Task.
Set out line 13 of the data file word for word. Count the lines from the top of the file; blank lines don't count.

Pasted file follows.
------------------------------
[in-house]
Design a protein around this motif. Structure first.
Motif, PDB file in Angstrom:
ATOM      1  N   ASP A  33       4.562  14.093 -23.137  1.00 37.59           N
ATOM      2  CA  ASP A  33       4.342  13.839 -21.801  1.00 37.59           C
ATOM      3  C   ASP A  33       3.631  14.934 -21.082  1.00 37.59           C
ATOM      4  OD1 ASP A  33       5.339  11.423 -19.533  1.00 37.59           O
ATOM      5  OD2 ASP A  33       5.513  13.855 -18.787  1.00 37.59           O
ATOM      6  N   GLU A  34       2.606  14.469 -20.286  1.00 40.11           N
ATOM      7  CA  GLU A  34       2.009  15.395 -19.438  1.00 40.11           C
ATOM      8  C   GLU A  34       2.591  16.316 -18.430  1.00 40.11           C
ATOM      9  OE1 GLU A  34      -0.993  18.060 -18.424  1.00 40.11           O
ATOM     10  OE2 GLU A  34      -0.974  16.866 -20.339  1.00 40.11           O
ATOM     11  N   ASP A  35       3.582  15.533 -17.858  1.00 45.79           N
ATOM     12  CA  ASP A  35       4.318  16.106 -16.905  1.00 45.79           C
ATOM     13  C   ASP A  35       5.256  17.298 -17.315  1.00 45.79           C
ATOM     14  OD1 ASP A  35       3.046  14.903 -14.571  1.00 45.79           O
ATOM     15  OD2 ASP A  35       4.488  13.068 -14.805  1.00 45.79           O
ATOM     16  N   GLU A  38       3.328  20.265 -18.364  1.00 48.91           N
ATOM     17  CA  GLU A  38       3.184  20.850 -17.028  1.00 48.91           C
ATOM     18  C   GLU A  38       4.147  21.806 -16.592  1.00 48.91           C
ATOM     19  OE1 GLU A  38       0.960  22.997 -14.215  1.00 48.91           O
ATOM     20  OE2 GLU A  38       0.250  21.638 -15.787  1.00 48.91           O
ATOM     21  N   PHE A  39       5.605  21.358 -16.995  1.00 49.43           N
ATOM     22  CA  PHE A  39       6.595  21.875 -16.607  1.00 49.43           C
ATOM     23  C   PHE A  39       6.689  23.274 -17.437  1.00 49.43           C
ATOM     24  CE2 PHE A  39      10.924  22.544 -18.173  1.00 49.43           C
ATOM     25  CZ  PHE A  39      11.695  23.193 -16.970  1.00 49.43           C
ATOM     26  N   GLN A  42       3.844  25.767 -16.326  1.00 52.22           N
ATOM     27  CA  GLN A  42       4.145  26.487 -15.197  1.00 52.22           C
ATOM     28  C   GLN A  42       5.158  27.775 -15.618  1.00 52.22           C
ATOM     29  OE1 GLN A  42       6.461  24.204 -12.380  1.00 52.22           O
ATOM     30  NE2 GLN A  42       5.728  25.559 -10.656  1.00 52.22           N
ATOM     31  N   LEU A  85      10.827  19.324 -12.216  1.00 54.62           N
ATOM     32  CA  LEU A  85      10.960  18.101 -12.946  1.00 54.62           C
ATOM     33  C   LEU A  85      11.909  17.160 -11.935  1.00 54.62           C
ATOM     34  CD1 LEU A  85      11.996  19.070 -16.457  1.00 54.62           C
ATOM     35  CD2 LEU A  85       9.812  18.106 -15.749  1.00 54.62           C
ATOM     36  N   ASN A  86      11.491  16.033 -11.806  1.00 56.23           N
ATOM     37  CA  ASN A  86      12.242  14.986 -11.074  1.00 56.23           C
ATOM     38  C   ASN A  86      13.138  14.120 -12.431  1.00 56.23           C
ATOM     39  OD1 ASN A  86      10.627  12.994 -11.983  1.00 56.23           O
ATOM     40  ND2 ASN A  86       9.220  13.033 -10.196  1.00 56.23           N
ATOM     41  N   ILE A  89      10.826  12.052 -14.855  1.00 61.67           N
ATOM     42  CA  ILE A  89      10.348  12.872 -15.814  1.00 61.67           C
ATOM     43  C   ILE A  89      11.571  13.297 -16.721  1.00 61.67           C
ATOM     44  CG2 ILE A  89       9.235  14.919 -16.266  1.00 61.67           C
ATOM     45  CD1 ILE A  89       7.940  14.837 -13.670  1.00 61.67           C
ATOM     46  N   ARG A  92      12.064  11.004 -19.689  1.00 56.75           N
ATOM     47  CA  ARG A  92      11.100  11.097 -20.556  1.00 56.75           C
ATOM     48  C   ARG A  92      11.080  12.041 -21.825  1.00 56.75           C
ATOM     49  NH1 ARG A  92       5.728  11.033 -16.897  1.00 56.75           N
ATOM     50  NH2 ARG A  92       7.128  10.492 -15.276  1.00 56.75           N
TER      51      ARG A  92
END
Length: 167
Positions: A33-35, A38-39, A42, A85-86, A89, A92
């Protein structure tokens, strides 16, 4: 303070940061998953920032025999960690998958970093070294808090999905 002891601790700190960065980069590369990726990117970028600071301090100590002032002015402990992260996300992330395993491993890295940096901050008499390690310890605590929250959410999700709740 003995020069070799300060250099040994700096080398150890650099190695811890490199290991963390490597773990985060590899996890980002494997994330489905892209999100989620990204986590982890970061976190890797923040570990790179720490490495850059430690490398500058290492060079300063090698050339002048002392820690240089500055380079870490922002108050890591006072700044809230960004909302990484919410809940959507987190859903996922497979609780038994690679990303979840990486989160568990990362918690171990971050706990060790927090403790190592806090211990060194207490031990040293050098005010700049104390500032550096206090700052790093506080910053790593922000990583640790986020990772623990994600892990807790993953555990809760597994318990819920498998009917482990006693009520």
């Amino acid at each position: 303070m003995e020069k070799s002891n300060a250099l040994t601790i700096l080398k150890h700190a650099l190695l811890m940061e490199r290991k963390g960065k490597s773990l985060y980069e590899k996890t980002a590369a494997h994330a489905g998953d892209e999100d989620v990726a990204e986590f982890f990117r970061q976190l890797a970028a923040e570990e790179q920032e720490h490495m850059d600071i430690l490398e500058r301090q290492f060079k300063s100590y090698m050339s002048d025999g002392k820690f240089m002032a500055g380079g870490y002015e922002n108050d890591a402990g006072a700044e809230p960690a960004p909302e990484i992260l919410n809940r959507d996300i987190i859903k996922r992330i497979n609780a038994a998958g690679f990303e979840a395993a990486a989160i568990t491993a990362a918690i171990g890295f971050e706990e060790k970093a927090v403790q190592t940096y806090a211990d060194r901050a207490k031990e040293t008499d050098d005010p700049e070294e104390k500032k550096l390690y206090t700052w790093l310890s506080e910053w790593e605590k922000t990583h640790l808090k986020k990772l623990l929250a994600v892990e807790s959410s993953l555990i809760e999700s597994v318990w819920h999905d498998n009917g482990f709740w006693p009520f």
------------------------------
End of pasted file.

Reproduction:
ATOM     10  OE2 GLU A  34      -0.974  16.866 -20.339  1.00 40.11           O